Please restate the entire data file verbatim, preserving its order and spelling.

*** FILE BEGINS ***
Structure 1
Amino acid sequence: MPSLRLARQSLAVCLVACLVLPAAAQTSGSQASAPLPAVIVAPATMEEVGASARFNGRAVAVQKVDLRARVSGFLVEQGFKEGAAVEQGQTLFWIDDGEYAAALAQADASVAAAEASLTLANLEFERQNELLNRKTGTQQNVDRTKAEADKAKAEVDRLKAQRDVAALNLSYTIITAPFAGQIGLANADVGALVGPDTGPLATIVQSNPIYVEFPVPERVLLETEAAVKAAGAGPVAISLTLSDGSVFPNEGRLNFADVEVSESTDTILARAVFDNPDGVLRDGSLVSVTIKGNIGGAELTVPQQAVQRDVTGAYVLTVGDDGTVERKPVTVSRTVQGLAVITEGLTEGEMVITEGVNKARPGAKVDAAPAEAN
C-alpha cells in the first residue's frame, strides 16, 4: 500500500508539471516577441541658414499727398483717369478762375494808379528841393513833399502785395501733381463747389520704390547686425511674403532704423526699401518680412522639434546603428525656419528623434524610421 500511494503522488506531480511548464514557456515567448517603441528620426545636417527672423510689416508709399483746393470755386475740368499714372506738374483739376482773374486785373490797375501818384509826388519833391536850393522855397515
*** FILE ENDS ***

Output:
Structure 1
Amino acid sequence: MPSLRLARQSLAVCLVACLVLPAAAQTSGSQASAPLPAVIVAPATMEEVGASARFNGRAVAVQKVDLRARVSGFLVEQGFKEGAAVEQGQTLFWIDDGEYAAALAQADASVAAAEASLTLANLEFERQNELLNRKTGTQQNVDRTKAEADKAKAEVDRLKAQRDVAALNLSYTIITAPFAGQIGLANADVGALVGPDTGPLATIVQSNPIYVEFPVPERVLLETEAAVKAAGAGPVAISLTLSDGSVFPNEGRLNFADVEVSESTDTILARAVFDNPDGVLRDGSLVSVTIKGNIGGAELTVPQQAVQRDVTGAYVLTVGDDGTVERKPVTVSRTVQGLAVITEGLTEGEMVITEGVNKARPGAKVDAAPAEAN
C-alpha cells in the first residue's frame, strides 16, 4: 500500500508539471516577441541658414499727398483717369478762375494808379528841393513833399502785395501733381463747389520704390547686425511674403532704423526699401518680412522639434546603428525656419528623434524610421 500511494503522488506531480511548464514557456515567448517603441528620426545636417527672423510689416508709399483746393470755386475740368499714372506738374483739376482773374486785373490797375501818384509826388519833391536850393522855397515